Luring the young

Realtors: To meet the changing needs of clients, the real estate business is in dire need of younger agents who are Internet-savvy and committed to hard work.

April 30, 2000|By Bob Graham | Bob Graham,SPECIAL TO THE SUN

As graduating college seniors come into their final days of campus life, their focus is turning toward the job market. Dot-com and high-tech jobs are wooing potential employees with the promise of stock options. School boards, in some instances, are luring teachers with signing bonuses and higher salaries. And nurses always seem to be in demand.

Now take the residential real estate industry. It has been as hot as any sector for the past two years nationwide as well as in the Baltimore-metropolitan area. Area real estate agents have been busy wheeling and dealing like never before, and it seems natural that the action would attract its fair share of graduates.

But it's not happening.

It seems that few college seniors or twentysomethings are considering a career in real estate sales, mainly because it demands from the outset keen entrepreneurial and networking skills and immediate success to get a paycheck. Even if a new agent sells a home his first day on the job, he won't likely see a paycheck until 30, 60 or perhaps 90 days later, when the property settles.

Faced with the fact that the median age of real estate agents has jumped a startling seven years, to 49, in the past 22 years, veterans are updating their techniques for recruiting young agents.

"It's critical for us to try and attract new people for our industry," said Alice Burch, vice president and Baltimore regional manager for Long & Foster Real Estate Inc. A 24-year veteran of the business, Burch said she thinks successful agents are staying in the field longer, which would partly explain the median age increase. "There really isn't any incentive for them to retire," Burch said.

To meet the needs of its diverse customer base, Burch and other veteran agents say, the industry needs a constant influx of people in their 20s or early 30s. But that is easier said than done.

Debbi Rivero's route to becoming a Realtor is a path favored by most veteran agents, but not one that many young adults can or want to take advantage of.

A 1992 University of Maryland, Baltimore County graduate, Rivero wanted a more rewarding career than her math and electrical engineering studies offered. An established Realtor approached her and asked her to work as an assistant in the Ellicott City office of Coldwell Banker Grempler Realty Inc., where she would handle contracts and other paperwork.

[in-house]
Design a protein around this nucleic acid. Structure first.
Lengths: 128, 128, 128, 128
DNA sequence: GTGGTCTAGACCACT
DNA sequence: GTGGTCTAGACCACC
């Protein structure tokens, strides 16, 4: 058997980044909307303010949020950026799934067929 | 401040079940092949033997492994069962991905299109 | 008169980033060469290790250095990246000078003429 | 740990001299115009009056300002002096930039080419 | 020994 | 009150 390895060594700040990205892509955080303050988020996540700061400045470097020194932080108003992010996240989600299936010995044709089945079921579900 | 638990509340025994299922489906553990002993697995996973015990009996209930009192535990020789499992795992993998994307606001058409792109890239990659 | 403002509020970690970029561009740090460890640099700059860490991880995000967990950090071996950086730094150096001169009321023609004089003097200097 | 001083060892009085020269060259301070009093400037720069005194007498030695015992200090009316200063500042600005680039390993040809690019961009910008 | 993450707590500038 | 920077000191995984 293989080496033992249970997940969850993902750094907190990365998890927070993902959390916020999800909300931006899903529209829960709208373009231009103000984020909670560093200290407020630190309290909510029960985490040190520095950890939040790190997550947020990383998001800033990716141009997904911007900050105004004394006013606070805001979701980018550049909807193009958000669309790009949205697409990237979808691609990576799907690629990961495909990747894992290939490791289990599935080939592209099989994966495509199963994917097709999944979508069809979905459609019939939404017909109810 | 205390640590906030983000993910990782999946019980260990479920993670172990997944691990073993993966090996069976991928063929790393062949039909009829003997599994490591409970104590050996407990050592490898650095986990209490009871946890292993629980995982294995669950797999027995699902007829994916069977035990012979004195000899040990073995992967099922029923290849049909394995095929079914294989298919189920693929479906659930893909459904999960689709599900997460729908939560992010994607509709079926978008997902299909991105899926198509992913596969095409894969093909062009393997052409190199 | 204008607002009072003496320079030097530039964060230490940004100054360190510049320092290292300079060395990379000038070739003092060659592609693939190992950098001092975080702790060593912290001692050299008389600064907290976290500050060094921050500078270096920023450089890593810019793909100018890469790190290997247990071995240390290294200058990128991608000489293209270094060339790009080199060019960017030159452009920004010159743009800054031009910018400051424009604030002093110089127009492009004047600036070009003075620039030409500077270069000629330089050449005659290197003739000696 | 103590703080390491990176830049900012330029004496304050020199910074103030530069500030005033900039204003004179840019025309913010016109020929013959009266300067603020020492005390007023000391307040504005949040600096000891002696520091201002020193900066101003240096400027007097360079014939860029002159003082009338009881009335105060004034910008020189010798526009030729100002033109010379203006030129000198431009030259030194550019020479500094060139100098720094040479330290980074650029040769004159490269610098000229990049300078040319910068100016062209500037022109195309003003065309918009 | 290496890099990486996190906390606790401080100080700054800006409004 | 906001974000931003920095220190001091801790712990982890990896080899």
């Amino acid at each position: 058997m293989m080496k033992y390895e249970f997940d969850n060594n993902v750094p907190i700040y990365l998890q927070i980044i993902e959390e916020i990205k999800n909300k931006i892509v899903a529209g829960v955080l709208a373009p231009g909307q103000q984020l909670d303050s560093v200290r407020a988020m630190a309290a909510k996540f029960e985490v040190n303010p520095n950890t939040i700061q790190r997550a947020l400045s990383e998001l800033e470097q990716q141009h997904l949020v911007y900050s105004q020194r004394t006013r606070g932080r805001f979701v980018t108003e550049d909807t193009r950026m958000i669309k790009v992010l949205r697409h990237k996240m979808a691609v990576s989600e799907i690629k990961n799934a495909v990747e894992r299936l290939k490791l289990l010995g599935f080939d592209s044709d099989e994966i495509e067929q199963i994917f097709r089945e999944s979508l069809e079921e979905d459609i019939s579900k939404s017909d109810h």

Two years later, Rivero decided she had learned enough from her boss to try it herself.

"I was determined to make it work, but it was still a lot of trial and error and lots of cold calls that first year," Rivero, 33, said. Despite a slow start, Rivero sold enough houses in Baltimore, Howard, Anne Arundel and Carroll counties to hire her husband, Richard, 34, to work full-time with her in 1997.

That same year, she won the first of her three consecutive Coldwell Banker Grempler Customer Service Awards in recognition of her constant attention to her customers' needs. Rivero said the award recognizes "my willingness to do whatever it takes" to find properties meeting her clients' needs, including dropping off stacks of newly listed homes at people's offices and homes at all hours of the day.

She works six days a week, often using Tuesday, her day off, to complete paperwork and perform other business tasks that she can't accomplish on the other days. She hasn't had a weekend off in years, since weekends are when open houses and showings fit best into her clients' schedules.

The level of commitment and the constant need to produce, since agents are only paid when a sale settles, can be nerve-racking to younger people, many agents say.

But what Rivero and other younger agents bring to the field is something it needs -- a better understanding of the role of technology that's changing the industry.

"Our buyers today grew up on AOL and our Realtors are scrambling to catch up," said Patrick Kane, vice president and general manager of Coldwell Banker Grempler and president of the 2,300-member Greater Baltimore Board of Realtors. "The average buyer is getting younger and younger so we have to be aware of who we are selling to more."

With their clients' growing reliance on the instant and wide-ranging role of the Internet in finding homes for sale, agents have to be able to respond to e-mail inquiries and post information on the Internet, skills many agents were slow to adopt.

An inability to understand the importance and immediacy of the World Wide Web inhibits some agents, said John G. Evans, president of O'Conor, Piper & Flynn ERA. "The younger people are looking for us to be more astute in their ways of business today, so if we can't use the technology available, we're behind," Evans said.

Median age rises

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